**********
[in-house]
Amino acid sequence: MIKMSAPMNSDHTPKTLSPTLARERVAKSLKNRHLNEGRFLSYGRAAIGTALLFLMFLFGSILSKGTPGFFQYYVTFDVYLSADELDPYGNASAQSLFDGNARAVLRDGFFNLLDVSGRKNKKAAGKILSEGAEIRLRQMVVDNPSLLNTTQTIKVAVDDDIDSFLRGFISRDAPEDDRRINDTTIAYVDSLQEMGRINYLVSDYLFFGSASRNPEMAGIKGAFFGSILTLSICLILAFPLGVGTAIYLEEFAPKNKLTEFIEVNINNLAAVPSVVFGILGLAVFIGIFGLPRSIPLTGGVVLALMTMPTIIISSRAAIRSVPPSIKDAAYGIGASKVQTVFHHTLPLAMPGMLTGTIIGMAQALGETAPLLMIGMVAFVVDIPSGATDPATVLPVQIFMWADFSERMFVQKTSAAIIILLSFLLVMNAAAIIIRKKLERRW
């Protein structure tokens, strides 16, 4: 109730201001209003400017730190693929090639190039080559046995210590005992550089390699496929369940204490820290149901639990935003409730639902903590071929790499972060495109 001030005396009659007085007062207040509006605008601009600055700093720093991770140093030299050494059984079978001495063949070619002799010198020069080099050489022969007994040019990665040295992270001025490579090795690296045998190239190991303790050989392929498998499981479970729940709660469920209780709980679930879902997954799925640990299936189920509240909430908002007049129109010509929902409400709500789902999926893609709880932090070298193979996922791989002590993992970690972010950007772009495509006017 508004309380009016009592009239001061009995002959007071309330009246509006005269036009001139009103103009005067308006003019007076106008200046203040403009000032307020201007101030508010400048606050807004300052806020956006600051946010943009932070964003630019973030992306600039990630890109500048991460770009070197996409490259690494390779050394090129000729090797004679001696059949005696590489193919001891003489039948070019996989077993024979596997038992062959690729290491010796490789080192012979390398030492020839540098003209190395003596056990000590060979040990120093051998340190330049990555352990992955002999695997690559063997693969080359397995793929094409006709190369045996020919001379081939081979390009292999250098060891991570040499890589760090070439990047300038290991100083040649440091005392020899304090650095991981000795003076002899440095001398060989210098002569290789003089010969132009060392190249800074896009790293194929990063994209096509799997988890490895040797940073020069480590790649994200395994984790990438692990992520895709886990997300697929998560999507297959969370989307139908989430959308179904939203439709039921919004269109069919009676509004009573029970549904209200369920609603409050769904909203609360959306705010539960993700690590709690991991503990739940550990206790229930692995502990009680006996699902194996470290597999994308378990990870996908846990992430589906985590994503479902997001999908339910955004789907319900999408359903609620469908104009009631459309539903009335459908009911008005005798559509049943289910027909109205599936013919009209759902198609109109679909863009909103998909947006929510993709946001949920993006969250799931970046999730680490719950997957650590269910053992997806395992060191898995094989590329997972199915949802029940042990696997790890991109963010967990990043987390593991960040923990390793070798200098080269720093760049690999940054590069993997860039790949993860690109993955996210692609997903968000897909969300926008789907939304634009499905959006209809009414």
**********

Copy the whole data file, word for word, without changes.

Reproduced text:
[in-house]
Amino acid sequence: MIKMSAPMNSDHTPKTLSPTLARERVAKSLKNRHLNEGRFLSYGRAAIGTALLFLMFLFGSILSKGTPGFFQYYVTFDVYLSADELDPYGNASAQSLFDGNARAVLRDGFFNLLDVSGRKNKKAAGKILSEGAEIRLRQMVVDNPSLLNTTQTIKVAVDDDIDSFLRGFISRDAPEDDRRINDTTIAYVDSLQEMGRINYLVSDYLFFGSASRNPEMAGIKGAFFGSILTLSICLILAFPLGVGTAIYLEEFAPKNKLTEFIEVNINNLAAVPSVVFGILGLAVFIGIFGLPRSIPLTGGVVLALMTMPTIIISSRAAIRSVPPSIKDAAYGIGASKVQTVFHHTLPLAMPGMLTGTIIGMAQALGETAPLLMIGMVAFVVDIPSGATDPATVLPVQIFMWADFSERMFVQKTSAAIIILLSFLLVMNAAAIIIRKKLERRW
């Protein structure tokens, strides 16, 4: 109730201001209003400017730190693929090639190039080559046995210590005992550089390699496929369940204490820290149901639990935003409730639902903590071929790499972060495109 001030005396009659007085007062207040509006605008601009600055700093720093991770140093030299050494059984079978001495063949070619002799010198020069080099050489022969007994040019990665040295992270001025490579090795690296045998190239190991303790050989392929498998499981479970729940709660469920209780709980679930879902997954799925640990299936189920509240909430908002007049129109010509929902409400709500789902999926893609709880932090070298193979996922791989002590993992970690972010950007772009495509006017 508004309380009016009592009239001061009995002959007071309330009246509006005269036009001139009103103009005067308006003019007076106008200046203040403009000032307020201007101030508010400048606050807004300052806020956006600051946010943009932070964003630019973030992306600039990630890109500048991460770009070197996409490259690494390779050394090129000729090797004679001696059949005696590489193919001891003489039948070019996989077993024979596997038992062959690729290491010796490789080192012979390398030492020839540098003209190395003596056990000590060979040990120093051998340190330049990555352990992955002999695997690559063997693969080359397995793929094409006709190369045996020919001379081939081979390009292999250098060891991570040499890589760090070439990047300038290991100083040649440091005392020899304090650095991981000795003076002899440095001398060989210098002569290789003089010969132009060392190249800074896009790293194929990063994209096509799997988890490895040797940073020069480590790649994200395994984790990438692990992520895709886990997300697929998560999507297959969370989307139908989430959308179904939203439709039921919004269109069919009676509004009573029970549904209200369920609603409050769904909203609360959306705010539960993700690590709690991991503990739940550990206790229930692995502990009680006996699902194996470290597999994308378990990870996908846990992430589906985590994503479902997001999908339910955004789907319900999408359903609620469908104009009631459309539903009335459908009911008005005798559509049943289910027909109205599936013919009209759902198609109109679909863009909103998909947006929510993709946001949920993006969250799931970046999730680490719950997957650590269910053992997806395992060191898995094989590329997972199915949802029940042990696997790890991109963010967990990043987390593991960040923990390793070798200098080269720093760049690999940054590069993997860039790949993860690109993955996210692609997903968000897909969300926008789907939304634009499905959006209809009414």